RF signal attenuation due to fog and clouds
L = fogpl(
L, when signals propagate in fog
R represents the signal path length.
the signal carrier frequency,
T is the ambient
den specifies the liquid water
density in the fog or cloud.
fogpl function applies the International
Telecommunication Union (ITU) cloud and fog attenuation model to calculate path loss
of signals propagating through clouds and fog. See  (Phased Array System Toolbox). Fog and clouds are the same atmospheric
phenomenon, differing only by height above ground. Both environments are
parametrized by their liquid water density. Other model parameters include signal
frequency and temperature. This function applies to cases when the signal path is
contained entirely in a uniform fog or cloud environment. The liquid water density
does not vary along the signal path. The attenuation model applies only for
frequencies at 10–1000 GHz.
Compute the attenuation of signals propagating through a cloud that is 1 km long at 1000 meters altitude. Compute the attenuation for frequencies from 15 to 1000 GHz. A typical value for the cloud liquid water density is 0.5 . Assume the atmospheric temperature at 1000 meters is C.
R = 1000.0; freq = [15:5:1000]*1e9; T = 20.0; lwd = 0.5; L = fogpl(R,freq,T,lwd);
Plot the specific attenuation as a function of frequency. Specific attenuation is the attenuation or loss per kilometer.
loglog(freq/1e9,L) grid xlabel('Frequency (GHz)') ylabel('Specific Attenuation (dB/km)')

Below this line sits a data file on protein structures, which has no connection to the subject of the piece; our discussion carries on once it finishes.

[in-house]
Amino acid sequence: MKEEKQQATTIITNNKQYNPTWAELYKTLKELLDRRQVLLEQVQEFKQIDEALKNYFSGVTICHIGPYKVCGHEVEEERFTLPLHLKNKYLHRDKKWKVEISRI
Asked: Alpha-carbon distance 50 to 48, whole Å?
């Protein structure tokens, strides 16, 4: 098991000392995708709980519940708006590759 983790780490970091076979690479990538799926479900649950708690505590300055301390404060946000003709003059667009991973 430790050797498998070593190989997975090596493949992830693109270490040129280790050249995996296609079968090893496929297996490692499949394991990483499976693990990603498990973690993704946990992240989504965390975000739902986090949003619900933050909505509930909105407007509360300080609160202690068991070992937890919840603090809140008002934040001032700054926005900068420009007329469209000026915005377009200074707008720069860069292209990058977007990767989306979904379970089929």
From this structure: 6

R— Signal path length
Signal path length, specified as a scalar or as an M-by-1 or 1-by-M vector of nonnegative real-values. Total attenuation is the specific attenuation multiplied by the path length. Units are meters.
freq— Signal frequency
Signal frequency, specified as a positive real-valued scalar or as an N-by-1 nonnegative real-valued vector or 1-by-N nonnegative real-valued vector. Frequencies must lie in the range 10–1000 GHz.
T— Ambient temperature
Ambient temperature in fog or cloud, specified as a real-valued scalar. Units are in degrees Celsius.
den— Liquid water density
Liquid water density, specified as a nonnegative real-valued scalar. Units are g/m3. Typical values for liquid water density in fog range from approximately 0.05 g/m3 for medium fog to approximately 0.5 g/m3 for thick fog. For medium fog, visibility is about 300 meters. For heavy fog, visibility is about 50 meters. Cumulus cloud liquid water density is typically 0.5 g/m3.
L— Signal attenuation
Signal attenuation, returned as a real-valued M-by-N matrix. Each matrix row represents a different path where M is the number of paths. Each column represents a different frequency where N is the number of frequencies. Units are in dB.
This model calculates the attenuation of signals that propagate through fog or clouds.
Fog and cloud attenuation are the same atmospheric phenomenon. The ITU model, Recommendation ITU-R P.840-6: Attenuation due to clouds and fog is used. The model computes the specific attenuation (attenuation per kilometer), of a signal as a function of liquid water density, signal frequency, and temperature. The model applies to polarized and nonpolarized fields. The formula for specific attenuation at each frequency is
where M is the liquid water density in gm/m3. The quantity Kl(f) is the specific attenuation coefficient and depends on frequency. The cloud and fog attenuation model is valid for frequencies 10–1000 GHz. Units for the specific attenuation coefficient are (dB/km)/(g/m3).
To compute the total attenuation for narrowband signals along a path, the function multiplies the specific attenuation by the path length R. Total attenuation is Lc = Rγc.
You can apply the attenuation model to wideband signals. First, divide the wideband signal into frequency subbands, and apply narrowband attenuation to each subband. Then, sum all attenuated subband signals into the total attenuated signal.
 Radiocommunication Sector of International Telecommunication Union. Recommendation ITU-R P.840-6: Attenuation due to clouds and fog. 2013.
Usage notes and limitations:
Does not support variable-size inputs.